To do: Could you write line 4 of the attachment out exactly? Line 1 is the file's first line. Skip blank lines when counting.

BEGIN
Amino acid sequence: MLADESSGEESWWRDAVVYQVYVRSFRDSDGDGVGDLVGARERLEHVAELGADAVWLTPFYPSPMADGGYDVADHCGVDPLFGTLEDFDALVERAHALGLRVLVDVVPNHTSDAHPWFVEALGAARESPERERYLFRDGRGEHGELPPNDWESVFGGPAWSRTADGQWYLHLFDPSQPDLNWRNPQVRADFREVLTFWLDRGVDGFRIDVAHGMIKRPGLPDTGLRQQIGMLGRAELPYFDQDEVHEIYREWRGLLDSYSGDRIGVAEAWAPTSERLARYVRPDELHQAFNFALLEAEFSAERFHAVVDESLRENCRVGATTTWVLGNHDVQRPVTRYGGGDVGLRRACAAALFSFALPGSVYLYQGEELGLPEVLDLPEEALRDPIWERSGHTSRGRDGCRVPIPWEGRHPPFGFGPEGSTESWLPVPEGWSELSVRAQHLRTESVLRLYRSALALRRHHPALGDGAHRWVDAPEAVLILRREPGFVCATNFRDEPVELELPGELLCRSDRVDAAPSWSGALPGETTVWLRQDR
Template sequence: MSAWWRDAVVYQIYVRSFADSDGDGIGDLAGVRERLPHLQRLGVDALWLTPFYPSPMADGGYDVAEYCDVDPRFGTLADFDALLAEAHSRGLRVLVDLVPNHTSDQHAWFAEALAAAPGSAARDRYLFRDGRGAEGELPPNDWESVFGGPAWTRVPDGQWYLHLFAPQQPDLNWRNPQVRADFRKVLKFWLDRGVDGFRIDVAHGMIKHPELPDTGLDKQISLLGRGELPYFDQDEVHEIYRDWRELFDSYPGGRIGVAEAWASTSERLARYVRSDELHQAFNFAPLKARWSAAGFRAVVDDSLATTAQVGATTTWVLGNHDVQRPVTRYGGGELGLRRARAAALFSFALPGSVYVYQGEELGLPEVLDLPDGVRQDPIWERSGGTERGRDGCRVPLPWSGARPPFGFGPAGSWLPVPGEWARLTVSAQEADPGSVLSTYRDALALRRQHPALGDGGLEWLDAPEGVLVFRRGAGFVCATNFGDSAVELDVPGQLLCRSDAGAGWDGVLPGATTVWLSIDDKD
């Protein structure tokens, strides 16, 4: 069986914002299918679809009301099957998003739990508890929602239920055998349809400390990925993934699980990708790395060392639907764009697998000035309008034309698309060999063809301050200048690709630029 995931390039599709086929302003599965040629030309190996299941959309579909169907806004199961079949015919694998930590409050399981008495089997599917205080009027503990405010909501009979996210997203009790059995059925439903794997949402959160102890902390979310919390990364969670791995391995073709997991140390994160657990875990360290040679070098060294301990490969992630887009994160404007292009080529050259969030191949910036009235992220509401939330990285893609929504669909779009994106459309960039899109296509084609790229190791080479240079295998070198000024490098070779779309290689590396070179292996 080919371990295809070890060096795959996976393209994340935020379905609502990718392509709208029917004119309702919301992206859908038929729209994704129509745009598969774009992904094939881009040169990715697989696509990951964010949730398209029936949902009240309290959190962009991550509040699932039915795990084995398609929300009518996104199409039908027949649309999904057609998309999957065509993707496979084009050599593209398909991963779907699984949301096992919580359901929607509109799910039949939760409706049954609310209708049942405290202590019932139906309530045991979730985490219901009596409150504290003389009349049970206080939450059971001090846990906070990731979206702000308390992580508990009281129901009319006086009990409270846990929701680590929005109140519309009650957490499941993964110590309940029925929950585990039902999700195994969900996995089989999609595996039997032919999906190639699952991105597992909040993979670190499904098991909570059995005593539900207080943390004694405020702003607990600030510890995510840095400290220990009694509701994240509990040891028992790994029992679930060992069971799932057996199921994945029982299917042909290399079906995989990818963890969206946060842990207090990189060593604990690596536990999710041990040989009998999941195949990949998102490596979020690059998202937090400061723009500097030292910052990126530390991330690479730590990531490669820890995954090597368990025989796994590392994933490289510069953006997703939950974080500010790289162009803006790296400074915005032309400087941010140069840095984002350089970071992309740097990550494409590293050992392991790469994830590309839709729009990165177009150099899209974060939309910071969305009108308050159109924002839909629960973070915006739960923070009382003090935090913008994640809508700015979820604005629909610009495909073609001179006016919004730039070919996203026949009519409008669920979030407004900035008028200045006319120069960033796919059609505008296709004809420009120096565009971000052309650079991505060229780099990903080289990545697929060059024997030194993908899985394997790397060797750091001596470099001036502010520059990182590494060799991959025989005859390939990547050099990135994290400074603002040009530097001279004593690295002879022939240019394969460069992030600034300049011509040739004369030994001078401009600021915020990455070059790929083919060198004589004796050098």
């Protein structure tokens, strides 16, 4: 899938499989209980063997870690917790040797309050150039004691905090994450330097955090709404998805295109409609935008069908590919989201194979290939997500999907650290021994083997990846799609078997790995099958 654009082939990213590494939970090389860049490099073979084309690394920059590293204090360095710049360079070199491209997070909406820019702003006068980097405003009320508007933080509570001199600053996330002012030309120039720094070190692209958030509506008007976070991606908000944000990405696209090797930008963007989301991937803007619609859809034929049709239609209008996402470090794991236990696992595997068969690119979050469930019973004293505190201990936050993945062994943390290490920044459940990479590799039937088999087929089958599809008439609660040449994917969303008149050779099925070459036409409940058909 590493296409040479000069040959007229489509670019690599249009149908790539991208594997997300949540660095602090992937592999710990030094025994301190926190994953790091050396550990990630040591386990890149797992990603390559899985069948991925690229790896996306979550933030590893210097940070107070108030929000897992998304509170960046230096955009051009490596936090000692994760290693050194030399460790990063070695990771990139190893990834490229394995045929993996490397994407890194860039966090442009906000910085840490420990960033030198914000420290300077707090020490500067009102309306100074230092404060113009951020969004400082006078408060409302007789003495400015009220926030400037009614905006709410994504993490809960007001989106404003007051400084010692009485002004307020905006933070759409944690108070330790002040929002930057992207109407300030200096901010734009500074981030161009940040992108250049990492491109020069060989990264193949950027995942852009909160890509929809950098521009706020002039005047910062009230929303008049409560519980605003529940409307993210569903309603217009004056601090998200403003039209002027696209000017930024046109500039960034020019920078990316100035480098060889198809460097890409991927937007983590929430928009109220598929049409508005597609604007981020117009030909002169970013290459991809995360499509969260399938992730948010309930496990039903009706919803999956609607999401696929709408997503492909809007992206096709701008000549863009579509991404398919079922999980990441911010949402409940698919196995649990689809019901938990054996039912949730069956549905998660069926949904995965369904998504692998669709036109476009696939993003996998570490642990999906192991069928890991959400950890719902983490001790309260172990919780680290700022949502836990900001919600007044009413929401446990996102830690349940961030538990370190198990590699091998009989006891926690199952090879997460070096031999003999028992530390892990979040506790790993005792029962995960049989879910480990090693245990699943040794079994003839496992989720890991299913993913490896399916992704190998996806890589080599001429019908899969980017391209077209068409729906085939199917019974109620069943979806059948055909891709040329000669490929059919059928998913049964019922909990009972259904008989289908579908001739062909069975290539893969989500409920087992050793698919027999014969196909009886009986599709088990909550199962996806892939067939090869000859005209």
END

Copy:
């Protein structure tokens, strides 16, 4: 899938499989209980063997870690917790040797309050150039004691905090994450330097955090709404998805295109409609935008069908590919989201194979290939997500999907650290021994083997990846799609078997790995099958 654009082939990213590494939970090389860049490099073979084309690394920059590293204090360095710049360079070199491209997070909406820019702003006068980097405003009320508007933080509570001199600053996330002012030309120039720094070190692209958030509506008007976070991606908000944000990405696209090797930008963007989301991937803007619609859809034929049709239609209008996402470090794991236990696992595997068969690119979050469930019973004293505190201990936050993945062994943390290490920044459940990479590799039937088999087929089958599809008439609660040449994917969303008149050779099925070459036409409940058909 590493296409040479000069040959007229489509670019690599249009149908790539991208594997997300949540660095602090992937592999710990030094025994301190926190994953790091050396550990990630040591386990890149797992990603390559899985069948991925690229790896996306979550933030590893210097940070107070108030929000897992998304509170960046230096955009051009490596936090000692994760290693050194030399460790990063070695990771990139190893990834490229394995045929993996490397994407890194860039966090442009906000910085840490420990960033030198914000420290300077707090020490500067009102309306100074230092404060113009951020969004400082006078408060409302007789003495400015009220926030400037009614905006709410994504993490809960007001989106404003007051400084010692009485002004307020905006933070759409944690108070330790002040929002930057992207109407300030200096901010734009500074981030161009940040992108250049990492491109020069060989990264193949950027995942852009909160890509929809950098521009706020002039005047910062009230929303008049409560519980605003529940409307993210569903309603217009004056601090998200403003039209002027696209000017930024046109500039960034020019920078990316100035480098060889198809460097890409991927937007983590929430928009109220598929049409508005597609604007981020117009030909002169970013290459991809995360499509969260399938992730948010309930496990039903009706919803999956609607999401696929709408997503492909809007992206096709701008000549863009579509991404398919079922999980990441911010949402409940698919196995649990689809019901938990054996039912949730069956549905998660069926949904995965369904998504692998669709036109476009696939993003996998570490642990999906192991069928890991959400950890719902983490001790309260172990919780680290700022949502836990900001919600007044009413929401446990996102830690349940961030538990370190198990590699091998009989006891926690199952090879997460070096031999003999028992530390892990979040506790790993005792029962995960049989879910480990090693245990699943040794079994003839496992989720890991299913993913490896399916992704190998996806890589080599001429019908899969980017391209077209068409729906085939199917019974109620069943979806059948055909891709040329000669490929059919059928998913049964019922909990009972259904008989289908579908001739062909069975290539893969989500409920087992050793698919027999014969196909009886009986599709088990909550199962996806892939067939090869000859005209």